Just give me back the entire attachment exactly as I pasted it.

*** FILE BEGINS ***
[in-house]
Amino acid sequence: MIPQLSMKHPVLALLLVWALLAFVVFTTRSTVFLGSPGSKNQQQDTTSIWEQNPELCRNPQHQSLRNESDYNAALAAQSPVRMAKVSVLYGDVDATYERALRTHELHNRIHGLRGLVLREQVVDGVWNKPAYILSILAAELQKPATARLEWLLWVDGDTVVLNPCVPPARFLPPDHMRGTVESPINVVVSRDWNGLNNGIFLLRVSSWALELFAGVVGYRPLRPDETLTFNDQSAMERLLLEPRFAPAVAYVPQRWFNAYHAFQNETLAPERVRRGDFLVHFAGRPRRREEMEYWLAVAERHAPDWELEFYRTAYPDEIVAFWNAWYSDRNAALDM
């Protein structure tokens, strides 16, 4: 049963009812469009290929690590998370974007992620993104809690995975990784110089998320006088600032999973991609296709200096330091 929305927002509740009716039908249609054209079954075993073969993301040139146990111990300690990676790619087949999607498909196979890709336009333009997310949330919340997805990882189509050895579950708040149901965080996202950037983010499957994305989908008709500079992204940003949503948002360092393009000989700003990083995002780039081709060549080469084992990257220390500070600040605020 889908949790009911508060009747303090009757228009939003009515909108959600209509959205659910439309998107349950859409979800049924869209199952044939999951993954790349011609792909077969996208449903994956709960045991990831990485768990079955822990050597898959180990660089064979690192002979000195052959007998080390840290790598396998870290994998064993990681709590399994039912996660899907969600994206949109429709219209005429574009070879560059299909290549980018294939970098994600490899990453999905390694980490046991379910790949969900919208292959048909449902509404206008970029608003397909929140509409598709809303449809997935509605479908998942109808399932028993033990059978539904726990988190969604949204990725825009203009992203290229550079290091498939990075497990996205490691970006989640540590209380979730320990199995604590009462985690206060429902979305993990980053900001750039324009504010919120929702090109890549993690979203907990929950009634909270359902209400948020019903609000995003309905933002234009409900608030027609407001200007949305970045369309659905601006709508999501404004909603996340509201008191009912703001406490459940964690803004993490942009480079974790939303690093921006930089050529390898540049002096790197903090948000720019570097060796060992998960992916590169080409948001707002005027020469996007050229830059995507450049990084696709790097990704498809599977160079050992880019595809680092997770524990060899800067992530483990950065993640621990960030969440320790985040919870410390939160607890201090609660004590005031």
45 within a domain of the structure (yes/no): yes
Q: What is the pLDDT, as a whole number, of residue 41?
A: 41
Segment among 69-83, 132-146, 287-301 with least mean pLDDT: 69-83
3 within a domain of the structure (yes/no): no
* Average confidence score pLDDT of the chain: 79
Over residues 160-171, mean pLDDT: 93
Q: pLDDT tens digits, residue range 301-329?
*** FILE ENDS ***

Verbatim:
[in-house]
Amino acid sequence: MIPQLSMKHPVLALLLVWALLAFVVFTTRSTVFLGSPGSKNQQQDTTSIWEQNPELCRNPQHQSLRNESDYNAALAAQSPVRMAKVSVLYGDVDATYERALRTHELHNRIHGLRGLVLREQVVDGVWNKPAYILSILAAELQKPATARLEWLLWVDGDTVVLNPCVPPARFLPPDHMRGTVESPINVVVSRDWNGLNNGIFLLRVSSWALELFAGVVGYRPLRPDETLTFNDQSAMERLLLEPRFAPAVAYVPQRWFNAYHAFQNETLAPERVRRGDFLVHFAGRPRRREEMEYWLAVAERHAPDWELEFYRTAYPDEIVAFWNAWYSDRNAALDM
């Protein structure tokens, strides 16, 4: 049963009812469009290929690590998370974007992620993104809690995975990784110089998320006088600032999973991609296709200096330091 929305927002509740009716039908249609054209079954075993073969993301040139146990111990300690990676790619087949999607498909196979890709336009333009997310949330919340997805990882189509050895579950708040149901965080996202950037983010499957994305989908008709500079992204940003949503948002360092393009000989700003990083995002780039081709060549080469084992990257220390500070600040605020 889908949790009911508060009747303090009757228009939003009515909108959600209509959205659910439309998107349950859409979800049924869209199952044939999951993954790349011609792909077969996208449903994956709960045991990831990485768990079955822990050597898959180990660089064979690192002979000195052959007998080390840290790598396998870290994998064993990681709590399994039912996660899907969600994206949109429709219209005429574009070879560059299909290549980018294939970098994600490899990453999905390694980490046991379910790949969900919208292959048909449902509404206008970029608003397909929140509409598709809303449809997935509605479908998942109808399932028993033990059978539904726990988190969604949204990725825009203009992203290229550079290091498939990075497990996205490691970006989640540590209380979730320990199995604590009462985690206060429902979305993990980053900001750039324009504010919120929702090109890549993690979203907990929950009634909270359902209400948020019903609000995003309905933002234009409900608030027609407001200007949305970045369309659905601006709508999501404004909603996340509201008191009912703001406490459940964690803004993490942009480079974790939303690093921006930089050529390898540049002096790197903090948000720019570097060796060992998960992916590169080409948001707002005027020469996007050229830059995507450049990084696709790097990704498809599977160079050992880019595809680092997770524990060899800067992530483990950065993640621990960030969440320790985040919870410390939160607890201090609660004590005031």
45 within a domain of the structure (yes/no): yes
Q: What is the pLDDT, as a whole number, of residue 41?
A: 41
Segment among 69-83, 132-146, 287-301 with least mean pLDDT: 69-83
3 within a domain of the structure (yes/no): no
* Average confidence score pLDDT of the chain: 79
Over residues 160-171, mean pLDDT: 93
Q: pLDDT tens digits, residue range 301-329?